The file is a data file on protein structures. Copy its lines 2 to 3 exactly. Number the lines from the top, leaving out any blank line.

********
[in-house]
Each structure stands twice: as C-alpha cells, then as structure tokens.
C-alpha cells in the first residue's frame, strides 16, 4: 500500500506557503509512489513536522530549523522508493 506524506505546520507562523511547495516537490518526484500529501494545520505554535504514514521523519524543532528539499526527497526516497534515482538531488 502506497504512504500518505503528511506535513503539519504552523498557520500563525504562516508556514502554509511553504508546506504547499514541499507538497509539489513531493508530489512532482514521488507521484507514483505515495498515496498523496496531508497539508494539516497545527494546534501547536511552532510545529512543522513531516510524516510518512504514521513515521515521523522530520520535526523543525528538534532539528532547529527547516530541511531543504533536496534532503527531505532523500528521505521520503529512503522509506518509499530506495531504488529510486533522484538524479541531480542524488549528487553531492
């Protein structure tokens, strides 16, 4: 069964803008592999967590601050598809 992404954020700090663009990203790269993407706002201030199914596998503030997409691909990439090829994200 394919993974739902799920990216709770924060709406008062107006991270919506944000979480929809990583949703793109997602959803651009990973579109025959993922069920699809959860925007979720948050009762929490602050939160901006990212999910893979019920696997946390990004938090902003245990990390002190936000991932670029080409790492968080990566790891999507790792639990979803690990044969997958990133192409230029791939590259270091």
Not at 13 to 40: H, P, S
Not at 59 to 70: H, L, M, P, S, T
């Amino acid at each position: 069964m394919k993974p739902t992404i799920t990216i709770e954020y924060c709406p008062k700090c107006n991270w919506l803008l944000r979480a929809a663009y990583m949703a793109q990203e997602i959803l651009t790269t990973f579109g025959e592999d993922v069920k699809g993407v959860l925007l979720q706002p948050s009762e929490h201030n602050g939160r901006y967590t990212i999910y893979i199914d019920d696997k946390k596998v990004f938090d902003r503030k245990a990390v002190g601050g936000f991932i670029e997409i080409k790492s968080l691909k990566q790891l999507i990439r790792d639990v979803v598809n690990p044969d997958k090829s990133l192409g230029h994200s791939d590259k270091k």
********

Each structure stands twice: as C-alpha cells, then as structure tokens.
C-alpha cells in the first residue's frame, strides 16, 4: 500500500506557503509512489513536522530549523522508493 506524506505546520507562523511547495516537490518526484500529501494545520505554535504514514521523519524543532528539499526527497526516497534515482538531488 502506497504512504500518505503528511506535513503539519504552523498557520500563525504562516508556514502554509511553504508546506504547499514541499507538497509539489513531493508530489512532482514521488507521484507514483505515495498515496498523496496531508497539508494539516497545527494546534501547536511552532510545529512543522513531516510524516510518512504514521513515521515521523522530520520535526523543525528538534532539528532547529527547516530541511531543504533536496534532503527531505532523500528521505521520503529512503522509506518509499530506495531504488529510486533522484538524479541531480542524488549528487553531492